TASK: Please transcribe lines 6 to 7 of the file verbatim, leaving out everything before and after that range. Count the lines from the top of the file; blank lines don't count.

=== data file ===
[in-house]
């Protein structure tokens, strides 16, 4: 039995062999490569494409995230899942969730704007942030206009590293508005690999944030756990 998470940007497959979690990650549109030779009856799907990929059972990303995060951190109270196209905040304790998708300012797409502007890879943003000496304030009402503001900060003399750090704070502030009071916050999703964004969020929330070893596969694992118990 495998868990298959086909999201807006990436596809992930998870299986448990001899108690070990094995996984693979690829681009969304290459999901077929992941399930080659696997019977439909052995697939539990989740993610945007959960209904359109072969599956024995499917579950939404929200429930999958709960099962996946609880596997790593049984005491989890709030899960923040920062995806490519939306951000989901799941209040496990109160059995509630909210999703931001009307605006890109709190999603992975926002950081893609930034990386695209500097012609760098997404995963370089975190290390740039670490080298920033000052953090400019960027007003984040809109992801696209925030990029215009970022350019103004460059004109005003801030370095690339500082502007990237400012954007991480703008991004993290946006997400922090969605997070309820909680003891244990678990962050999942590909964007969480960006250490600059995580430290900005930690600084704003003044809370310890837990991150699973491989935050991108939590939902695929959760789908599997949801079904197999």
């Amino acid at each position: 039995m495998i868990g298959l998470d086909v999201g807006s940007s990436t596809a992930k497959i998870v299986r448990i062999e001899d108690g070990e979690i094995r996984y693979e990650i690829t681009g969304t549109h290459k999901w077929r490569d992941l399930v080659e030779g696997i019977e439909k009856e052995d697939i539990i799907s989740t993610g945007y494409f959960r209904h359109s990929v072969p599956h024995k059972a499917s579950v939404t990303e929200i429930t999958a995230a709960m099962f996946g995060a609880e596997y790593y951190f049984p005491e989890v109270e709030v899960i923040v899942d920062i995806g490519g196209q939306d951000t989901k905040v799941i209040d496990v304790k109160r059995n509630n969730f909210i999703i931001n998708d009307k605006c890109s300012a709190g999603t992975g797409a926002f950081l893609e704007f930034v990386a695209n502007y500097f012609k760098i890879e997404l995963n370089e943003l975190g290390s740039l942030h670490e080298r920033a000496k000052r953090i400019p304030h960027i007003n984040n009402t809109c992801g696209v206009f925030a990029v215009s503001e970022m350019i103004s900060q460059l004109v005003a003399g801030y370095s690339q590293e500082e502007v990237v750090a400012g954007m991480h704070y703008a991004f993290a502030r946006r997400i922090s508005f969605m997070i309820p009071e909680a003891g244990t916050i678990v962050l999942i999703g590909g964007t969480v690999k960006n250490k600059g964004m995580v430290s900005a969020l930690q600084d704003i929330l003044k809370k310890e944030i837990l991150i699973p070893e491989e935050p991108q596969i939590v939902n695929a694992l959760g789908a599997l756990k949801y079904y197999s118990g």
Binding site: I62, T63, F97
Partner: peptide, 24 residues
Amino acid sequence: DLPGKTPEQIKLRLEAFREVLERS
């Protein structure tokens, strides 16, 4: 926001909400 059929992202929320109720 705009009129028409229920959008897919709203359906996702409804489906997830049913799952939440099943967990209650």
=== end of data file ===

Amino acid sequence: DLPGKTPEQIKLRLEAFREVLERS
């Protein structure tokens, strides 16, 4: 926001909400 059929992202929320109720 705009009129028409229920959008897919709203359906996702409804489906997830049913799952939440099943967990209650």